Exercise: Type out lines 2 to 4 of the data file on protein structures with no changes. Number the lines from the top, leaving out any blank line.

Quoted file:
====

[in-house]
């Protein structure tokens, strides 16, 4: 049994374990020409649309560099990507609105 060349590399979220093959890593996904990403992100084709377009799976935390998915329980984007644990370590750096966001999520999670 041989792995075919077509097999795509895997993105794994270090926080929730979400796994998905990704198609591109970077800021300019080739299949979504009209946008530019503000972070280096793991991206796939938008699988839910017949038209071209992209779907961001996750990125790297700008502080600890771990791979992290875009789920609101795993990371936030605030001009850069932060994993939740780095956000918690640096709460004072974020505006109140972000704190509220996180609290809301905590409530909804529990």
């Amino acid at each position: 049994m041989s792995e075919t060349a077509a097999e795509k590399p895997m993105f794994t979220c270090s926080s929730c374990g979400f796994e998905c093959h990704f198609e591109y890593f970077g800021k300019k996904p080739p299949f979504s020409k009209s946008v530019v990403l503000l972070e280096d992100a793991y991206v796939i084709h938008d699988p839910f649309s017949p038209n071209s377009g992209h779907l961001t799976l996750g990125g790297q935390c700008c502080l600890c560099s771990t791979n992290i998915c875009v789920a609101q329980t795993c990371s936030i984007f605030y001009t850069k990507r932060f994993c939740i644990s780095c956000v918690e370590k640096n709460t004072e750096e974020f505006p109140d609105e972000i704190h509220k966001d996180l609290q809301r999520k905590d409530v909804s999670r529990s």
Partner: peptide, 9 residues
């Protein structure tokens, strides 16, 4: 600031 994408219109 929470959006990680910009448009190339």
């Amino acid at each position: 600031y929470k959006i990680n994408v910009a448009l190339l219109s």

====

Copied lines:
């Protein structure tokens, strides 16, 4: 049994374990020409649309560099990507609105 060349590399979220093959890593996904990403992100084709377009799976935390998915329980984007644990370590750096966001999520999670 041989792995075919077509097999795509895997993105794994270090926080929730979400796994998905990704198609591109970077800021300019080739299949979504009209946008530019503000972070280096793991991206796939938008699988839910017949038209071209992209779907961001996750990125790297700008502080600890771990791979992290875009789920609101795993990371936030605030001009850069932060994993939740780095956000918690640096709460004072974020505006109140972000704190509220996180609290809301905590409530909804529990």
């Amino acid at each position: 049994m041989s792995e075919t060349a077509a097999e795509k590399p895997m993105f794994t979220c270090s926080s929730c374990g979400f796994e998905c093959h990704f198609e591109y890593f970077g800021k300019k996904p080739p299949f979504s020409k009209s946008v530019v990403l503000l972070e280096d992100a793991y991206v796939i084709h938008d699988p839910f649309s017949p038209n071209s377009g992209h779907l961001t799976l996750g990125g790297q935390c700008c502080l600890c560099s771990t791979n992290i998915c875009v789920a609101q329980t795993c990371s936030i984007f605030y001009t850069k990507r932060f994993c939740i644990s780095c956000v918690e370590k640096n709460t004072e750096e974020f505006p109140d609105e972000i704190h509220k966001d996180l609290q809301r999520k905590d409530v909804s999670r529990s």
Partner: peptide, 9 residues